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Ask Ramit: How do you choose ONE passion?

33 Comments- Get free updates of new posts here

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When I graduated from college, I was working on 9 projects. NINE. I was doing a startup…I was working on an ebook…I was doing this, I was doing that. People’s eyes would glaze over when they asked me what I did.

My problem was I didn’t know how to choose. I didn’t want to close the door on all these other interests of mine, and it’s not like ONE was the overwhelming choice. I liked them all.

The code words I used were very telling.

I would say “it can’t hurt” — it can’t hurt to dabble in a bunch of things and find out what I like, right?

Actually, IT CAN HURT VERY MUCH!!

I learned this — and I learned how to choose your passion when you have too many options.

Watch my answer in today’s Ask Ramit video.

Christina: “How do you figure out what job to look for when you feel like a sea of options are in front of you? Specifically, how do you know what you want without trying every job in the world?”

Watch the video to learn:

  • How to learn about a company (or even entire industry) without having to spend 5 years working there (1:52)

  • How to find and approach people that can give you inside info on a career choice — including the specific questions to ask (2:16)

  • A quick but powerful mental framework to make your job search more productive than 99% of job seekers would (3:05)

Question for you: How does it feel to not be able to choose from multiple passions? Comment  below and be specific, please. I’d love to hear your story.

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33 Comments

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  1. I think it would be awesome to be able to have a clear picture of what you need to do for work. One of my goals is to choose better. I feel I’m forever refining this. I know I’ll never be perfect. I can get closer to my goal. An specific example is that I was in the middle on a new option for my career path. I finally talked to a co-worker. Realized that it won’t make a difference in pay. I was told that I would make “twice as much money if i choose to be a school psychologist instead of a teacher.”so that makes me question what the other person said. Some people’s opinions was that I would be very good at it. I can be very good a quite a few things. That cost me quite a bunch of time, to be specific –more than four, five months. I am learning that I only so much time in a day. Even now I am thinking about what about “flexibility” and on and on. if I don’t decide and test out my beliefs I’ll be in limbo.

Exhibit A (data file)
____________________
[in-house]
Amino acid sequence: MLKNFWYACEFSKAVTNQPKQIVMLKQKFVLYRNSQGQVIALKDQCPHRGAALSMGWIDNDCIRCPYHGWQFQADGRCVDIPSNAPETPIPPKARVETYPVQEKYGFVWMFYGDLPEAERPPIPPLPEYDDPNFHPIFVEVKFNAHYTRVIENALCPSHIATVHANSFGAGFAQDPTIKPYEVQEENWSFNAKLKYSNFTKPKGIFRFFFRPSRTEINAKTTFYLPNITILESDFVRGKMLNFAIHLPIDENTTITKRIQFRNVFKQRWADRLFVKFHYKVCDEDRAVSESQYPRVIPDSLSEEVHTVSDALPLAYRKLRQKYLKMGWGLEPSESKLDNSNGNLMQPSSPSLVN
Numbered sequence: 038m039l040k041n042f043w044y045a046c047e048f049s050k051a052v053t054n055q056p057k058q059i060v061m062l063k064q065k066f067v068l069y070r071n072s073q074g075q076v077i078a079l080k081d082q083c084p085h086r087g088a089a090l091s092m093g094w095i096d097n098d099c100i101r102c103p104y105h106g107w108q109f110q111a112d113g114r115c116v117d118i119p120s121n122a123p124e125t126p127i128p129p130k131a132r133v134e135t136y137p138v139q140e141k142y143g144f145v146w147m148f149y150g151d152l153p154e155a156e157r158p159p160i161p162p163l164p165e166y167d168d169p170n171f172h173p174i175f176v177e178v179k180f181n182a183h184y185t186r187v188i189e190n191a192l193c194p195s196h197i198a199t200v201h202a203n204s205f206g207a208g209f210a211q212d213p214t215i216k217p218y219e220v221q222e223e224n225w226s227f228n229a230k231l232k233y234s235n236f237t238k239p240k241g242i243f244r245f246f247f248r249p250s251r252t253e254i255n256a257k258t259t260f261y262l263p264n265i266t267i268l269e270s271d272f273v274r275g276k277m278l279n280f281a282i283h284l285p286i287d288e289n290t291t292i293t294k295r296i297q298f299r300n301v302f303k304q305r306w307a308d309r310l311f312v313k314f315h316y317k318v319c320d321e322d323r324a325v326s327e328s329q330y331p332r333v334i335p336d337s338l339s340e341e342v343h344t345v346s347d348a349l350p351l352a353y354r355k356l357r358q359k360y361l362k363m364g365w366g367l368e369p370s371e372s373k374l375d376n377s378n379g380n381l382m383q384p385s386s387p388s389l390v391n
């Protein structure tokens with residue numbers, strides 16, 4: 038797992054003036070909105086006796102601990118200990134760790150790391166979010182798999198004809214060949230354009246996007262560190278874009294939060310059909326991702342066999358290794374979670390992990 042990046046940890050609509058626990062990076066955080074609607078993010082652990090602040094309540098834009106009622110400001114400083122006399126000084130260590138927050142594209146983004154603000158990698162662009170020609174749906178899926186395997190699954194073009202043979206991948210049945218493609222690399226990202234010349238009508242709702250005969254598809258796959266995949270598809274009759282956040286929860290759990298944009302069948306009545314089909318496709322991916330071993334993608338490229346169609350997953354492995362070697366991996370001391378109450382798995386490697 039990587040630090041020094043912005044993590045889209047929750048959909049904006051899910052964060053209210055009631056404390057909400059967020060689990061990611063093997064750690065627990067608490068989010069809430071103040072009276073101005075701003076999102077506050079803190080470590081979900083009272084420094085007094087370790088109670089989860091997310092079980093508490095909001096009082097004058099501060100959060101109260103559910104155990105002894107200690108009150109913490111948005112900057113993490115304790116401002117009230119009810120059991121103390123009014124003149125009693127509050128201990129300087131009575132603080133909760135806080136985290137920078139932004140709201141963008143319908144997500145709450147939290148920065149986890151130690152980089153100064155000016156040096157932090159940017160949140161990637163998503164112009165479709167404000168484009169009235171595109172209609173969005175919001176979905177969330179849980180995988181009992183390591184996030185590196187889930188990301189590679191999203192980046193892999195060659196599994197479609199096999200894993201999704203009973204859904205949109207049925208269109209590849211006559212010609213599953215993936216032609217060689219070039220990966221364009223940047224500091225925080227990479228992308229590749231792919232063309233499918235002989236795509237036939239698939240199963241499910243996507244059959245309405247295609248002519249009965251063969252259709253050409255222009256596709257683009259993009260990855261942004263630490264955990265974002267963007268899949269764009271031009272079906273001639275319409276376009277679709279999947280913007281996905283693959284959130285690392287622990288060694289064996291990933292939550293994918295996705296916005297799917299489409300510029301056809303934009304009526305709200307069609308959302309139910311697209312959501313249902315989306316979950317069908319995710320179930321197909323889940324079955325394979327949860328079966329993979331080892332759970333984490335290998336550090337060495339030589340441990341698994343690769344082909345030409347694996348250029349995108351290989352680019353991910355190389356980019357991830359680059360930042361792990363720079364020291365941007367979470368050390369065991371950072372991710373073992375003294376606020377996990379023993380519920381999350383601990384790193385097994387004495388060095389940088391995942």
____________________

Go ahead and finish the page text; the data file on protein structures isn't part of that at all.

2. Finding your passions can be challenging for a lot of people. Try a lot of things and if you are just starting out in your career, you can try 10 different things because if you don’t try you will not know what you like best.

    Instead of looking for a specific task or job that you enjoy, try to find an underlying theme among a variety of things that you find interesting.

    Everyone has a mental picture of what their career “Should” look like and this is the most challenging thing to let go even if you have some sort of understanding of what your interests and passions are.

    I can tell you 1 thing though – when you know what your passion is, it is like being in love. You just know. It is like your psychology and physiology and everything else become aligned.

  3. Thank you for this. I have always been one to jump from hobby to hobby, passion to passion. First it was writing, then it was singing, then it was cooking, then it was writing again.. maybe I should become a singing songwriting chef! Just kidding.

    Career wise I have never had a clear idea of what I want. I would have to say that it feels frustrating. It felt as if I’m making up excuses to avoid doing something, and honestly I feel pretty lousy about the whole situation in general. So like the person who asked the question, I’ve started exploring different career options. Incidentally the same ones, selling, teaching.

    The thing is though, I’m not sure you can get a handle of what a job is REALLY like unless you get at least a control group of like 3-4 people to ask about how the job is like.

    And even if you get told what the daily tasks are, and what surprised them the most, and other things.. who’s to say that YOU will like or dislike it. I tried telemarketing, it was kind of funny at times, but I just felt a bit iffy about the general concept and the product was a bit overpriced… so I ended up quitting.

    And unfortunately I’m not even sure what I want my job to be like. I have vague ideas like creative, and well paid, with many independent projects.. etc. Even when I really ask people about what their job is like, I end up just as confused as I was before asking. Do I want to do the job? Do I not?